About 5 million young Egyptians would like to get married but they cannot. A stipend of at least one thousand pounds is needed to provide for a family and it takes years for a young man to reach the necessary sum to organise a wedding. Actually, men are in charge of nearly all expenses. The poorer classes spend approximately 30 thousand pounds while the middle classes spend 150 thousand: the sum includes the shabka (the gold that a man should offer the woman), the reception and the apartment.

The Egypt of impossible weddings | Michaela De Marco
Il matrimonio di Haifa Wahabi
The Egyptians spend between 1000 and 6000 pounds for a wedding reception. Nothing to do with the big Italian ceremonies: Egyptian receptions are a bit more joyful with a singer, a plate of sweets and a few Pepsis. In the working-class areas, weddings are celebrated on the threshold, among a puff of shisha smoke, coloured by Christmas lights everywhere; the atmosphere is joyous and everyone can join in to party. On the other hand, high-class people spend millions to be in tune with the one thousand and one nights. The wedding of Haifa Wahabi, a popular Lebanese singer and the Egyptian businessman, Ahmad Abu Ashima, cost indeed 9 million dollars. It was a scandal. The figure made the Egyptian president Muhammad Hosni Mubarak shudder. He publicly accused this squandering considering it as a slap to poverty.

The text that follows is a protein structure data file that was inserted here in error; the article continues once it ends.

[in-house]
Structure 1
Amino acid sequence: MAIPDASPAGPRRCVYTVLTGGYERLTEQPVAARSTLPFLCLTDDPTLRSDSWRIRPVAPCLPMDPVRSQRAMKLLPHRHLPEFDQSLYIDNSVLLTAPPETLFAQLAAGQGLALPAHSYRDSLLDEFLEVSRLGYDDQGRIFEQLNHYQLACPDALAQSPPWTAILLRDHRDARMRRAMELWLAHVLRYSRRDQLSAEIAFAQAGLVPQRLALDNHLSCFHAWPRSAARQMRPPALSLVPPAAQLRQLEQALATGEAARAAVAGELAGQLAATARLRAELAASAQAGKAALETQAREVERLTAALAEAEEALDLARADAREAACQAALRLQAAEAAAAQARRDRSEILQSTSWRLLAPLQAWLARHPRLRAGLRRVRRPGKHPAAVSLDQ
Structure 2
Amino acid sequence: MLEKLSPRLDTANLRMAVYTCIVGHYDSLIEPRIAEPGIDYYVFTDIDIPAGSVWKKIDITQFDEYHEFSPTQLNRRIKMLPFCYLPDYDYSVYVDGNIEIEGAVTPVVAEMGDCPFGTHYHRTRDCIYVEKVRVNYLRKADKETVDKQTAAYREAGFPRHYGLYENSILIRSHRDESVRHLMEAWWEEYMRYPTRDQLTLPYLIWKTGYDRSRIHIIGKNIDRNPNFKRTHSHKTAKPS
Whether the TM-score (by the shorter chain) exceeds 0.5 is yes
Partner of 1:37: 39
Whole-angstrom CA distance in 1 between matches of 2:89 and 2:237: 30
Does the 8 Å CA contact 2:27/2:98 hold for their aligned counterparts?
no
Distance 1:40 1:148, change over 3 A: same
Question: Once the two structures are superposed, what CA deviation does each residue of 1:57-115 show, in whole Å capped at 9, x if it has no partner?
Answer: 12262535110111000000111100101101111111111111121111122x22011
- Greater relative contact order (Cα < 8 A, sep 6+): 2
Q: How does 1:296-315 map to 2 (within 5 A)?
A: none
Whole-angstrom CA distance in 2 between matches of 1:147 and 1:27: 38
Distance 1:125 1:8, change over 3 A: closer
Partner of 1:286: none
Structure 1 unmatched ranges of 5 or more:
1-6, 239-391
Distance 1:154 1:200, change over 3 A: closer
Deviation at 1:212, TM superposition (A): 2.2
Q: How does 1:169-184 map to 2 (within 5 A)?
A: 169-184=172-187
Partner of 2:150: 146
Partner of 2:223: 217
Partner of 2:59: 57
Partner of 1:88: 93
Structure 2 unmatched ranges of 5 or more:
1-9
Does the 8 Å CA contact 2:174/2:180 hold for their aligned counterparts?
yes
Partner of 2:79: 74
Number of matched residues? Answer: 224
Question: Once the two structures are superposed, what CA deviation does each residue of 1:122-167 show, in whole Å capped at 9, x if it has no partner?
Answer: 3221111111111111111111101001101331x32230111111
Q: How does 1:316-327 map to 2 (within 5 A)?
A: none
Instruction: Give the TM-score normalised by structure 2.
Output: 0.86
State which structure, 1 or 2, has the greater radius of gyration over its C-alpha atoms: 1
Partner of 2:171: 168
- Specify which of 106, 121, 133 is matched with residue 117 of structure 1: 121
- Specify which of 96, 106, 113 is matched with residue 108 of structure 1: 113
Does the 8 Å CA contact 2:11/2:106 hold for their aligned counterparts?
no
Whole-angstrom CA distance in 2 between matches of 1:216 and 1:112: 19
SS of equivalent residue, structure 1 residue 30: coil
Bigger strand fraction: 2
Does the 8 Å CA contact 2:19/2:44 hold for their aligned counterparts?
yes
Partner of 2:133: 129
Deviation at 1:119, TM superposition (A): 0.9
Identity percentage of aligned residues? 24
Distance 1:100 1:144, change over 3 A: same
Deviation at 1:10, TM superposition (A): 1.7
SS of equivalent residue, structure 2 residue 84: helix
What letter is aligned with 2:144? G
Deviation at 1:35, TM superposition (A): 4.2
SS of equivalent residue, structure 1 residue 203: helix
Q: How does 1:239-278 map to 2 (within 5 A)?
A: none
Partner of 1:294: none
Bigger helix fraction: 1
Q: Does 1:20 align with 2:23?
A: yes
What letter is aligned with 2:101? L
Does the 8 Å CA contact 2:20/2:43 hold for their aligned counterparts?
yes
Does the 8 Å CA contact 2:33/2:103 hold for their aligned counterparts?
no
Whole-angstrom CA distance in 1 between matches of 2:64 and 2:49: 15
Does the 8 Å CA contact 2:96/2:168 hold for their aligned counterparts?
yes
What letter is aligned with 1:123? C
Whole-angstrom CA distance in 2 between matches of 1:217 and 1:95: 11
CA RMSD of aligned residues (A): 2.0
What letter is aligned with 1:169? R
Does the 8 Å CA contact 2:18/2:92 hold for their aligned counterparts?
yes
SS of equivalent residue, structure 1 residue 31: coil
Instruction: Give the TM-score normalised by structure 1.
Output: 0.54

However, the most insidious difficulty that young people have to face is the acquisition of an apartment. In fact, property prices continue to increase. “A wahesh (horrible) apartment in a poor area costs minimum 50 thousand Egyptian pounds while one has to spend at least 120 thousand for a decent apartment”, explains Adel. There are two forms of payment: one can either pay the entire amount or else sign a “contract”, pay an initial quote (15/30 thousand pounds depending on the apartment’s price) and then pay an average sum of 400 pounds a month. The second type of payment is the most “common” one even though the most unsuitable as after 60 years, one has to give the apartment back to its original owner. Evidently, these amounts are prohibitive to the overwhelming majority of young Egyptians. In the countryside everything costs less but there is no work. Even though young people move to cities they end up without a job.